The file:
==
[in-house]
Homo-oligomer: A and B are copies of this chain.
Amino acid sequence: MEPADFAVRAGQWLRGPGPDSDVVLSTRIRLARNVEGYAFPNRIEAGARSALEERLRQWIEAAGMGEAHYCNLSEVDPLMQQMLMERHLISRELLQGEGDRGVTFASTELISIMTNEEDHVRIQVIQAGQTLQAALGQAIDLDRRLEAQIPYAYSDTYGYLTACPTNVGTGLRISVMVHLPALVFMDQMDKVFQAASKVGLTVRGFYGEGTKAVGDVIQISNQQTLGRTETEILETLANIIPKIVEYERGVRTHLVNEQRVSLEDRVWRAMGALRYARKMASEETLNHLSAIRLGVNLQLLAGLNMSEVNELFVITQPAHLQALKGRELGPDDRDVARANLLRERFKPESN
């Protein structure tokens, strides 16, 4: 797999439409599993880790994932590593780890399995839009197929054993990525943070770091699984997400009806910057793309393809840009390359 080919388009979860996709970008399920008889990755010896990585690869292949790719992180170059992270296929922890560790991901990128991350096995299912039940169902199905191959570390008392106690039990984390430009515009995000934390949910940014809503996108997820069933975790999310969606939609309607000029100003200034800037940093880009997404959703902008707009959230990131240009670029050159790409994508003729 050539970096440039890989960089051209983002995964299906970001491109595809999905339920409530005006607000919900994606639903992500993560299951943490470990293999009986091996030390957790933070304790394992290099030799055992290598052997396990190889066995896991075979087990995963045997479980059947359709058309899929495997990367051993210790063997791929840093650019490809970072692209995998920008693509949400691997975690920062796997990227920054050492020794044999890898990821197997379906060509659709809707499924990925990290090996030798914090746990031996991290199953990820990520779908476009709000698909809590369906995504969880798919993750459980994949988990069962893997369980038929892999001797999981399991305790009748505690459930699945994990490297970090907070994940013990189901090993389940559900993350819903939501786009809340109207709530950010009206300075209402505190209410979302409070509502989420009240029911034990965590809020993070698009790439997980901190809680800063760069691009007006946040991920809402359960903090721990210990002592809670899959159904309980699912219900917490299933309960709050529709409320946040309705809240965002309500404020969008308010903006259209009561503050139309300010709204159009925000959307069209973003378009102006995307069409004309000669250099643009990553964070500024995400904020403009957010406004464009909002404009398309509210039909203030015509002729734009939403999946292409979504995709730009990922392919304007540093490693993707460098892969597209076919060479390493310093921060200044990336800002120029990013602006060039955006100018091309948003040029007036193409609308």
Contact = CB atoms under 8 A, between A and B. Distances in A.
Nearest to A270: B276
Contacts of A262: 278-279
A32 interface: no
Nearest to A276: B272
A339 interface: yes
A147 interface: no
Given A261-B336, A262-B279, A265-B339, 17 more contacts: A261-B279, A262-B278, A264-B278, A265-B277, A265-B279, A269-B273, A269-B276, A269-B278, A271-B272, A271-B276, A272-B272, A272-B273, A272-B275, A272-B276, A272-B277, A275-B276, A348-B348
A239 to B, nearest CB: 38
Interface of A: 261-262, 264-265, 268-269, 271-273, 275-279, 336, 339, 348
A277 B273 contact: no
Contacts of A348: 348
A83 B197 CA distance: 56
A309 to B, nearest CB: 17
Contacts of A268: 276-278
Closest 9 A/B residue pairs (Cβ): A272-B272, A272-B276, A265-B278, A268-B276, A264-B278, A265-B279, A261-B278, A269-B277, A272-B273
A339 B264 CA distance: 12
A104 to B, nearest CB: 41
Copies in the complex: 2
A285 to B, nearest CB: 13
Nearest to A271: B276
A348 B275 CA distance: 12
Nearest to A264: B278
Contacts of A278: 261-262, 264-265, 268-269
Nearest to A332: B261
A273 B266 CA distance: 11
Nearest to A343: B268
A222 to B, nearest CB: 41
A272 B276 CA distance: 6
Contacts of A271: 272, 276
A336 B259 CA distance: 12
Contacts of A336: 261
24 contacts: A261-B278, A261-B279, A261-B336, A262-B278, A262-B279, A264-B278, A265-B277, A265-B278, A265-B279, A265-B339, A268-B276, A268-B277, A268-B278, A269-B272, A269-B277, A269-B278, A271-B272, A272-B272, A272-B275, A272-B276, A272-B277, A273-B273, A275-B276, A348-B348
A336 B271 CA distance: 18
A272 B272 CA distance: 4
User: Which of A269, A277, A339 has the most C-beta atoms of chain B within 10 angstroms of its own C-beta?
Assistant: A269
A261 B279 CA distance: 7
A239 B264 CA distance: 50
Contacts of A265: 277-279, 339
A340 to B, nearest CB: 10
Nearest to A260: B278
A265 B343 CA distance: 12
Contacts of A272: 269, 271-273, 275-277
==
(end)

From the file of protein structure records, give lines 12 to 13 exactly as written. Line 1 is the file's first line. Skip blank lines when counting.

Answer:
Given A261-B336, A262-B279, A265-B339, 17 more contacts: A261-B279, A262-B278, A264-B278, A265-B277, A265-B279, A269-B273, A269-B276, A269-B278, A271-B272, A271-B276, A272-B272, A272-B273, A272-B275, A272-B276, A272-B277, A275-B276, A348-B348
A239 to B, nearest CB: 38